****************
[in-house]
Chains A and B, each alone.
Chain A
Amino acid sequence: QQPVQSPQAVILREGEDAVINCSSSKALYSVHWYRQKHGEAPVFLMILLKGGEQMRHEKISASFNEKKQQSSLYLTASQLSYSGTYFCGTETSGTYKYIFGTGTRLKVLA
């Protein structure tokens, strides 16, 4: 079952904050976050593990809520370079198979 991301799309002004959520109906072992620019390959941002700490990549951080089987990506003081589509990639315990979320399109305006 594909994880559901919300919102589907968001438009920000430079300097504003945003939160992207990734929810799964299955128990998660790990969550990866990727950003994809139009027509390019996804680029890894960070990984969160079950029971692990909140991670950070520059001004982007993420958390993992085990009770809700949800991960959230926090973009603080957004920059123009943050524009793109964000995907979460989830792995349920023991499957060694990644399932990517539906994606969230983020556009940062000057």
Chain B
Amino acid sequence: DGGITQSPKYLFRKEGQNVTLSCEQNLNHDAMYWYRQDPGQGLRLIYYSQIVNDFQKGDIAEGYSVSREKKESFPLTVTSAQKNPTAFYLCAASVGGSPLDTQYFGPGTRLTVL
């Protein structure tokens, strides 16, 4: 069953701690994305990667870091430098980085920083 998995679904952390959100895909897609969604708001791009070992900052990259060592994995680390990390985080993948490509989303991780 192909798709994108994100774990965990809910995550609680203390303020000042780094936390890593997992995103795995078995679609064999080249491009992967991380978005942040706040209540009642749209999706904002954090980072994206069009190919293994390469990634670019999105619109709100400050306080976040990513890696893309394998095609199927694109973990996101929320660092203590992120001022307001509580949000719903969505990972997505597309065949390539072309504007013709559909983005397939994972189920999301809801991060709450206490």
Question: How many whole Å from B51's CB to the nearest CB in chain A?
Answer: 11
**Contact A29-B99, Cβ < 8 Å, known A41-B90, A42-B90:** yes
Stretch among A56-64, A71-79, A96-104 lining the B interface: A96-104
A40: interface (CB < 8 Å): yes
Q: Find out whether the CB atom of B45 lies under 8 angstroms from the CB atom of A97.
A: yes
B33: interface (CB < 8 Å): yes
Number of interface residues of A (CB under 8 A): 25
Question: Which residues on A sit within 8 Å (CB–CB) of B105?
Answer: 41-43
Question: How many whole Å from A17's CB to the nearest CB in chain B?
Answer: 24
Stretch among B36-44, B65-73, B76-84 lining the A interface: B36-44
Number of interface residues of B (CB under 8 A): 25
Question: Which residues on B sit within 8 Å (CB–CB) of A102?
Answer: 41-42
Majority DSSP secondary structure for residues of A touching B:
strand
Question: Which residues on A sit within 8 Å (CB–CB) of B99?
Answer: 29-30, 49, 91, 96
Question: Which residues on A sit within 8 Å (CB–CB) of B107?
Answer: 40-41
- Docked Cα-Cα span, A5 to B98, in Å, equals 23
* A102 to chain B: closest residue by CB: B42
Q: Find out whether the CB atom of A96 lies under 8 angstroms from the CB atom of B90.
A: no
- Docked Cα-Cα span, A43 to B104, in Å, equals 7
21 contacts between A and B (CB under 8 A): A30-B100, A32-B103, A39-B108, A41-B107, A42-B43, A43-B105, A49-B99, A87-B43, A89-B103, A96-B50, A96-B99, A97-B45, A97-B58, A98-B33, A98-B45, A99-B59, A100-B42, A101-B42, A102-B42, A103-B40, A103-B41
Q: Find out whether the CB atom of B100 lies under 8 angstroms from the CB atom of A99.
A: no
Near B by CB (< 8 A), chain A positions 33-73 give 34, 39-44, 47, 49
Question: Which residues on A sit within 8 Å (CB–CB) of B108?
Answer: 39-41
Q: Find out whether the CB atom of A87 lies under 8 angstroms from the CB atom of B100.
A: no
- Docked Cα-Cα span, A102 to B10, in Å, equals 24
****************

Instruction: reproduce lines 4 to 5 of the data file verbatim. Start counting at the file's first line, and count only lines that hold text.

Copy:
Amino acid sequence: QQPVQSPQAVILREGEDAVINCSSSKALYSVHWYRQKHGEAPVFLMILLKGGEQMRHEKISASFNEKKQQSSLYLTASQLSYSGTYFCGTETSGTYKYIFGTGTRLKVLA
């Protein structure tokens, strides 16, 4: 079952904050976050593990809520370079198979 991301799309002004959520109906072992620019390959941002700490990549951080089987990506003081589509990639315990979320399109305006 594909994880559901919300919102589907968001438009920000430079300097504003945003939160992207990734929810799964299955128990998660790990969550990866990727950003994809139009027509390019996804680029890894960070990984969160079950029971692990909140991670950070520059001004982007993420958390993992085990009770809700949800991960959230926090973009603080957004920059123009943050524009793109964000995907979460989830792995349920023991499957060694990644399932990517539906994606969230983020556009940062000057």